Not surprisingly, an off-field incident this offseason will have no on-field impact for Oklahoma this coming season.
In late February, Baker Mayfield was arrested in Arkansas and charged with public intoxication, disorderly conduct, resisting arrest and fleeing the scene, the latter offense being caught on tape. Nearly four months later, the football program announced the internal sanctions for one of the Heisman Trophy favorites entering the 2017 season — participation in a university alcohol education program as well as 35 hours of community service, some of which will include working with law enforcement.
Mayfield will be compelled to complete the requirements before the start of the fall semester. If he does, it would have no impact on his availability for the start of the 2017 season, which includes a Week 2 road trip to Columbus to face Ohio State in what’s expected to be a battle of Top 10 teams.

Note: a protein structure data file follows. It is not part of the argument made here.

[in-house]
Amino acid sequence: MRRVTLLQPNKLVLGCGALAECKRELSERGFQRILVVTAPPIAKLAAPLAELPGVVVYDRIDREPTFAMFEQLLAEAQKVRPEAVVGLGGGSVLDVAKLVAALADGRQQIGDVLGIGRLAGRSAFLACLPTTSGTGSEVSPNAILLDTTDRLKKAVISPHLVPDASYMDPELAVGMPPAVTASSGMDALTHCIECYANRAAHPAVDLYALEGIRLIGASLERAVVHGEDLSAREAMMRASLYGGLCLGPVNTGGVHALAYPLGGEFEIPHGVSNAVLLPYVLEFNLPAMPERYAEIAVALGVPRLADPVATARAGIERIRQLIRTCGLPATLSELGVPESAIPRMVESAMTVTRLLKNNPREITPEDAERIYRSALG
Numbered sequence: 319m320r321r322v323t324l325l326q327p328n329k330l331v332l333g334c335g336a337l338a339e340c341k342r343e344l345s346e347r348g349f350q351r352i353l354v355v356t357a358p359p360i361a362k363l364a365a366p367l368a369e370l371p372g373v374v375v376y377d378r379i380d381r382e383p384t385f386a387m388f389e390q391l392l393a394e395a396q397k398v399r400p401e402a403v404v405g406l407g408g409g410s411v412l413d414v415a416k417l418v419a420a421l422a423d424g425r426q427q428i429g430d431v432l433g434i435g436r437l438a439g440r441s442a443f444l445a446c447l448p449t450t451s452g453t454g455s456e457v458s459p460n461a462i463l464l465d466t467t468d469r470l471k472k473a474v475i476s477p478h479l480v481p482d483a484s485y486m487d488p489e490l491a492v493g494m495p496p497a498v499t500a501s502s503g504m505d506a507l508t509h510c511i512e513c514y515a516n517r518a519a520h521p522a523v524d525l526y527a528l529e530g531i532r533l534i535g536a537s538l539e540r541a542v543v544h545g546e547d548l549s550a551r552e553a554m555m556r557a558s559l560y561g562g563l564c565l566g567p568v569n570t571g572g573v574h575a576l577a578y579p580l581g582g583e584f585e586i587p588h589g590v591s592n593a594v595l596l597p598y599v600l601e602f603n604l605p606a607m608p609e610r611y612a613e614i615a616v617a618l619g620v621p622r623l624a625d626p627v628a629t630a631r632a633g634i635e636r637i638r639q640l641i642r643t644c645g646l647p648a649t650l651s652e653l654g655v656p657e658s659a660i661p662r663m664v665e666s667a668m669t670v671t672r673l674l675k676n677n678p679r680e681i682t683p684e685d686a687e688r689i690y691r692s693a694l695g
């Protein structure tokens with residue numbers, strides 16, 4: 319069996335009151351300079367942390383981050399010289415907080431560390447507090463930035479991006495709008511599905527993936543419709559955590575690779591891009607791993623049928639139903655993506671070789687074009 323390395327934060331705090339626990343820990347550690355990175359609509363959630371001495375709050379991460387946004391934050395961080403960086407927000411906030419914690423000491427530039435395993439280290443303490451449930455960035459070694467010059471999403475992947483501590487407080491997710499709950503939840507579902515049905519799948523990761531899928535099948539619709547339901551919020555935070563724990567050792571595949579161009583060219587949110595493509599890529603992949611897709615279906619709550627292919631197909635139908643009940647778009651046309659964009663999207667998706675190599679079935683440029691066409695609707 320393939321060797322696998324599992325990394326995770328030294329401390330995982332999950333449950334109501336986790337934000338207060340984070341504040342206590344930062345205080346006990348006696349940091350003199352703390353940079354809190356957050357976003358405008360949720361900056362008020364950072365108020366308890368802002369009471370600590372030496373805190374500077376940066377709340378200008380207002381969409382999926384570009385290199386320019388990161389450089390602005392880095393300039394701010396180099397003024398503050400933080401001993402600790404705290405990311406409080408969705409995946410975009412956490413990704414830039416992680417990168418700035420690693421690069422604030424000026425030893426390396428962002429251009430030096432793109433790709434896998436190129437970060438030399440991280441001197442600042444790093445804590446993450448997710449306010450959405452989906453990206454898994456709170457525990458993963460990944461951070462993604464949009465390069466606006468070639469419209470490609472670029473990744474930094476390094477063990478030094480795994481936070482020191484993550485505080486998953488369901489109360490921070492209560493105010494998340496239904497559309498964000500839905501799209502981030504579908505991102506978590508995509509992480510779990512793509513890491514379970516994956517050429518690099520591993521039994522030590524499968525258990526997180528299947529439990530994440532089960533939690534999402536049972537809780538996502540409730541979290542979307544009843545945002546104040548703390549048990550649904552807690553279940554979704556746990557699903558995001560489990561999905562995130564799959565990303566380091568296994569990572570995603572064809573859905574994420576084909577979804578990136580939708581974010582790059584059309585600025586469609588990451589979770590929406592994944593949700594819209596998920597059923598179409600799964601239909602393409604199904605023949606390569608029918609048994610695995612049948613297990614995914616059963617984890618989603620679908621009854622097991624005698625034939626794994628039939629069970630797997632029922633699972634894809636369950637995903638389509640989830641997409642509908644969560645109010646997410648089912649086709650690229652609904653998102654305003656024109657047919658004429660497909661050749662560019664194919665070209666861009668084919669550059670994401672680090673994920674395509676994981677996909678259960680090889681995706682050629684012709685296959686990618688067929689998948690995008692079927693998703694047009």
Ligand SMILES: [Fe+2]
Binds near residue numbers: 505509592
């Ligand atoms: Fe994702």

“As I stated earlier, I could not be more disappointed in my actions and the embarrassment they caused for my university and team,” the quarterback, who had previously issued a public apology, said in a new statement. “I am anxious to fulfill the responsibilities that have been set and am continuing to dedicate myself to the high standard that everyone rightfully expects from someone in my position.”
“Baker has expressed regret for his actions and backed up his apology by being a model leader in our program,” first-year head coach Lincoln Riley said in his statement. “He has learned from his mistake and will continue to grow from it.
“The coaching staff and team has every confidence in him going forward.”
With Mayfield under center, the Sooners have claimed back-to-back Big 12 titles. He was a finalist for the 2016 Heisman and earned a trip to New York City after finishing fourth in the voting the year before.